City Council bid to jail Priory Hall developer over breach of orders
AN application by Dublin City Council to jail developer Thomas McFeely over breach of court orders will come before the courts next week.
However, a separate application by the council -- to be released from orders requiring it to fund accommodation, storage and rent differential costs of the 240 Priory Hall residents -- was refused by Mr Justice Nicholas Kearns yesterday.
Residents were last month evacuated from the complex in Donaghmede, Co Dublin, amid serious fire safety concerns.
Last week, the judge directed Mr McFeely, his Coalport Building Company Ltd and 21 workers to leave Priory Hall after the council sought their removal over lack of progress in remedial works.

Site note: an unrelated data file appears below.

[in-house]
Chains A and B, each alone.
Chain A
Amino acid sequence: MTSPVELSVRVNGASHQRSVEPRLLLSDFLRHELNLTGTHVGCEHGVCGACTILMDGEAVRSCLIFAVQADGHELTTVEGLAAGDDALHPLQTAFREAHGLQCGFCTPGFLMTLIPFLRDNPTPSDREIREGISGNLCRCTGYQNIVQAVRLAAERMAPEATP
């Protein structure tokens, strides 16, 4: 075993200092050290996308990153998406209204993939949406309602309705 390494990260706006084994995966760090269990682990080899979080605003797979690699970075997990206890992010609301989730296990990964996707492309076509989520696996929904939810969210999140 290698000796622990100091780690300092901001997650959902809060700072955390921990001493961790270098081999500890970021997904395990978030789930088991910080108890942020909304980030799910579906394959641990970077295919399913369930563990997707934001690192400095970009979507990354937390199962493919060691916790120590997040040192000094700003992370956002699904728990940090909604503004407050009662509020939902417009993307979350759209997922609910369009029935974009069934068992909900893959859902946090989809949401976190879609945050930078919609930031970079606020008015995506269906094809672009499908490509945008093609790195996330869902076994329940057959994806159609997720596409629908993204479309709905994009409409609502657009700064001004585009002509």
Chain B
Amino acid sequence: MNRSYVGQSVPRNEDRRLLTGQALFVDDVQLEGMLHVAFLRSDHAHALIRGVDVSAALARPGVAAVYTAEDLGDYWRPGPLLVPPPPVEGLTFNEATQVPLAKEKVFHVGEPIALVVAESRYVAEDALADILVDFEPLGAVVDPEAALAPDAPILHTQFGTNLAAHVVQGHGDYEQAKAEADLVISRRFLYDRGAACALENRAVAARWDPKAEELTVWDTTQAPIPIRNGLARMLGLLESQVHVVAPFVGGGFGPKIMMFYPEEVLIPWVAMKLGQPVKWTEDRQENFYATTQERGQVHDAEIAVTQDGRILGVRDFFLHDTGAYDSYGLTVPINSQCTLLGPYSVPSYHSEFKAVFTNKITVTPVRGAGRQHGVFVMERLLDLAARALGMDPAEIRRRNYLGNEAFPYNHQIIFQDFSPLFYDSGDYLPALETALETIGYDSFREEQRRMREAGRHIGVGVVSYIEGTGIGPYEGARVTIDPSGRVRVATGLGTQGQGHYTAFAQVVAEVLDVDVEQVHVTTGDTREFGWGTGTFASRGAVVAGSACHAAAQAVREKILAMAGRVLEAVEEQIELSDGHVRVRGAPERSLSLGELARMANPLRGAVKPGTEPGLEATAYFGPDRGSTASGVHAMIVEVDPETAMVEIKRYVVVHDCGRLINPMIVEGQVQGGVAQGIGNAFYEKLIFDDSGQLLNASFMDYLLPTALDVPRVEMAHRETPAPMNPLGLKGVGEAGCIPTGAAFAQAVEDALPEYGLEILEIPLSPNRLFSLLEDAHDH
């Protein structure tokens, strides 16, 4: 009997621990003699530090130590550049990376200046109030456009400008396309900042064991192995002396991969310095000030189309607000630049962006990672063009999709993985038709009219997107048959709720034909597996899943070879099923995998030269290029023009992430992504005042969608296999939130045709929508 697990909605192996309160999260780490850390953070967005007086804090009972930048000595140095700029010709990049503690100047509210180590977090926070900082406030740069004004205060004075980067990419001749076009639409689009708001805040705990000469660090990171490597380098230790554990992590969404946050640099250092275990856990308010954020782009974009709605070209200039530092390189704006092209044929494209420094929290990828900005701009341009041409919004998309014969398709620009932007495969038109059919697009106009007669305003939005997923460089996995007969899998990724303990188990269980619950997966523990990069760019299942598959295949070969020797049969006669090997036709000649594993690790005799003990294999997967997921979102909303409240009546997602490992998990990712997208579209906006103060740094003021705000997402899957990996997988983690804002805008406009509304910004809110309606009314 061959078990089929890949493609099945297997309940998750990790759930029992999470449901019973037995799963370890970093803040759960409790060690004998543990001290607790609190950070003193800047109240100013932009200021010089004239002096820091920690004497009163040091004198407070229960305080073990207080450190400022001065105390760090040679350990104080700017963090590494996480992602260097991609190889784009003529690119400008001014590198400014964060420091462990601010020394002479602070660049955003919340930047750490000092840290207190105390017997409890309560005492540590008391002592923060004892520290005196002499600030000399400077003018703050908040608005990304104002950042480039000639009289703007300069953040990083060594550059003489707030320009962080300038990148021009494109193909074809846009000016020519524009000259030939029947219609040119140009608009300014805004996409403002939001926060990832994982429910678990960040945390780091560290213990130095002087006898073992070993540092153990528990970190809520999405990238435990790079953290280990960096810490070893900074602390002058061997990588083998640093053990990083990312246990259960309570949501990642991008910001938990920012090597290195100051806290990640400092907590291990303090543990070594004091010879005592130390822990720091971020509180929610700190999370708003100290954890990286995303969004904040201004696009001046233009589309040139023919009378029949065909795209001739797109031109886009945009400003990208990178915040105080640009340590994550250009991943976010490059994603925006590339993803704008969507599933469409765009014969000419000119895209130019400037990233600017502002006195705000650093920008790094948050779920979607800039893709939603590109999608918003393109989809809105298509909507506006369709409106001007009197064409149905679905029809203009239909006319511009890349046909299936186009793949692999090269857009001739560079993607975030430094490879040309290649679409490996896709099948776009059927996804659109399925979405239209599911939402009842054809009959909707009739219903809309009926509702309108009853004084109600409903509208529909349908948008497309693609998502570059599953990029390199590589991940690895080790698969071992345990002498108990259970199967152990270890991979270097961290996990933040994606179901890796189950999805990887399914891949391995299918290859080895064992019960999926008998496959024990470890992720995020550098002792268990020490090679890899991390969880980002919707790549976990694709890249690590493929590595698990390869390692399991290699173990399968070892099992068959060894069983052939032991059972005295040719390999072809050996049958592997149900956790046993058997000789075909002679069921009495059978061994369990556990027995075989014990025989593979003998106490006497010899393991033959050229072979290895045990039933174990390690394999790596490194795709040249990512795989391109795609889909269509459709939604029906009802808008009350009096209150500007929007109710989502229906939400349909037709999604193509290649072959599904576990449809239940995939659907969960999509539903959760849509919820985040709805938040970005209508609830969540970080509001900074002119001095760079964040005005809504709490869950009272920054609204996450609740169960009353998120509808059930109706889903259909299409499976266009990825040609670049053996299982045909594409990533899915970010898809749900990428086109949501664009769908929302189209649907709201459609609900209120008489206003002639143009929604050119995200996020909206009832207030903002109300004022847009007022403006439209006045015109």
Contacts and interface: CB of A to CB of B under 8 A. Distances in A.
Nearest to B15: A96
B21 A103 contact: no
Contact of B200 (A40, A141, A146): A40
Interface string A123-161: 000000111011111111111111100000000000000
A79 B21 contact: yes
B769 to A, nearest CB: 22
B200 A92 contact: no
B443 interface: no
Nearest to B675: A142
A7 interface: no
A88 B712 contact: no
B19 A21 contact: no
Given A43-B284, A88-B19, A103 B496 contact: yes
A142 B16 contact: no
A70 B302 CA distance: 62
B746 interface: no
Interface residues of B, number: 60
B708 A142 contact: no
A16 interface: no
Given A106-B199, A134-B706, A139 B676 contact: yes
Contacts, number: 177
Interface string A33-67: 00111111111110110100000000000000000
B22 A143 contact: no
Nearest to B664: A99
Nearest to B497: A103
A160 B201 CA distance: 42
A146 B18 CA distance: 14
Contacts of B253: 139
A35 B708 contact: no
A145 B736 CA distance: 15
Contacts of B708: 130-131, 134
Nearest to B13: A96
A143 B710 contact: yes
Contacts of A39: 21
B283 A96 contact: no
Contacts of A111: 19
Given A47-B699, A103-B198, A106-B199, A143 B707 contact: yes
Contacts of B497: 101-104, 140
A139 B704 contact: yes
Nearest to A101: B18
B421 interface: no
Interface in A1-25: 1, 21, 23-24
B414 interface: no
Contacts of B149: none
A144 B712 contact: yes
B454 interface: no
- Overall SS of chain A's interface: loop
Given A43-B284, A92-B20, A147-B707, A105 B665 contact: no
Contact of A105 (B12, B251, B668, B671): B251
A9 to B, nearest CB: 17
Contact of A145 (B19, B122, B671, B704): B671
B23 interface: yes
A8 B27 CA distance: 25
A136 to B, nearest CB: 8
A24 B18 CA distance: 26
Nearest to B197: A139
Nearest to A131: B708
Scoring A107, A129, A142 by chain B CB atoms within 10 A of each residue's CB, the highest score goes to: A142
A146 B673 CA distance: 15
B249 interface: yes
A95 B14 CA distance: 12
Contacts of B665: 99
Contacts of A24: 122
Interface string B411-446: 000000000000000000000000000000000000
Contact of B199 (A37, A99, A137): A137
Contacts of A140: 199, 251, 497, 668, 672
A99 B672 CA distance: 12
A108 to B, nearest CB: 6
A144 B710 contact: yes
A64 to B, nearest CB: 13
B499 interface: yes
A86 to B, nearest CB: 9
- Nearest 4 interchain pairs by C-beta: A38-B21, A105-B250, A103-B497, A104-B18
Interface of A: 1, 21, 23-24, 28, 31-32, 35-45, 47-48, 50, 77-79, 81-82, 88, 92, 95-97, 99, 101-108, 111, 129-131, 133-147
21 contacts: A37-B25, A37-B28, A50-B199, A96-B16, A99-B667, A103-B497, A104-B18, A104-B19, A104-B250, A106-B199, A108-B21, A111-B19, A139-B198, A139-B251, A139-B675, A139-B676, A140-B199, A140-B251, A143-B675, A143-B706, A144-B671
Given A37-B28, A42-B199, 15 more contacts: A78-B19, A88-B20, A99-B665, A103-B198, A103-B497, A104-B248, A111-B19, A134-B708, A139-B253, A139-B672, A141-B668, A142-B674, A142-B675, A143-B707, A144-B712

Conleth Bradley, for the council, had made the application to be released from orders requiring it to pay the residents' costs on the basis that the council's responsibility related only to fire safety and that it was for politicians to address what would happen to the residents.
But Mr Justice Kearns said that the council "had thrown a torpedo" into Priory Hall.
The council will now appeal the orders to the Supreme Court and Mr Justice Kearns refused to put any stay on the orders pending appeal, stressing that they should continue, pending further court orders.
Mr Justice Kearns agreed to adjourn until Thursday the council's application to jail Mr McFeely for breach of court orders. He also agreed to vary a freezing order on Mr McFeely's accounts to allow him to pay his lawyers and a fire safety consultant.
After the High Court hearing, Graham Usher, spokesman for the Priory Hall residents, issued a statement saying that "we wish to express our disappointment in Dublin City Council's decision to appeal the provision of temporary accommodation and we would ask them to reconsider".